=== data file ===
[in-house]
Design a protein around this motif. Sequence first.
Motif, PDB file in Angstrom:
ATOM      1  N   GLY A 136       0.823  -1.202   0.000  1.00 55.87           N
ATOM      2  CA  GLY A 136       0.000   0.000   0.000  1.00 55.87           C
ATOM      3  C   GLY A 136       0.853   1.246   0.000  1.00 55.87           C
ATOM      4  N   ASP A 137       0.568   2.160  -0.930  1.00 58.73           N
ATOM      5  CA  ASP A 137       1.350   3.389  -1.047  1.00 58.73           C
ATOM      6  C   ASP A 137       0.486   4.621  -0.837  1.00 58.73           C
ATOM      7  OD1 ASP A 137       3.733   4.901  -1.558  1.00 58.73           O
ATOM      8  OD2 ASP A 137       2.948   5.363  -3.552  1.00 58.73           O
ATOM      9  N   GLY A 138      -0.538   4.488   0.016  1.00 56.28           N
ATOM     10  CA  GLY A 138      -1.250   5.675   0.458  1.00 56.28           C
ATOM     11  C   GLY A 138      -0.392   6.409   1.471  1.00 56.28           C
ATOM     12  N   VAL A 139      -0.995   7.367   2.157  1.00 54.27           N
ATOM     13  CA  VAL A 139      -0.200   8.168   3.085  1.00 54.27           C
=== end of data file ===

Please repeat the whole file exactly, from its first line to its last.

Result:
[in-house]
Design a protein around this motif. Sequence first.
Motif, PDB file in Angstrom:
ATOM      1  N   GLY A 136       0.823  -1.202   0.000  1.00 55.87           N
ATOM      2  CA  GLY A 136       0.000   0.000   0.000  1.00 55.87           C
ATOM      3  C   GLY A 136       0.853   1.246   0.000  1.00 55.87           C
ATOM      4  N   ASP A 137       0.568   2.160  -0.930  1.00 58.73           N
ATOM      5  CA  ASP A 137       1.350   3.389  -1.047  1.00 58.73           C
ATOM      6  C   ASP A 137       0.486   4.621  -0.837  1.00 58.73           C
ATOM      7  OD1 ASP A 137       3.733   4.901  -1.558  1.00 58.73           O
ATOM      8  OD2 ASP A 137       2.948   5.363  -3.552  1.00 58.73           O
ATOM      9  N   GLY A 138      -0.538   4.488   0.016  1.00 56.28           N
ATOM     10  CA  GLY A 138      -1.250   5.675   0.458  1.00 56.28           C
ATOM     11  C   GLY A 138      -0.392   6.409   1.471  1.00 56.28           C
ATOM     12  N   VAL A 139      -0.995   7.367   2.157  1.00 54.27           N
ATOM     13  CA  VAL A 139      -0.200   8.168   3.085  1.00 54.27           C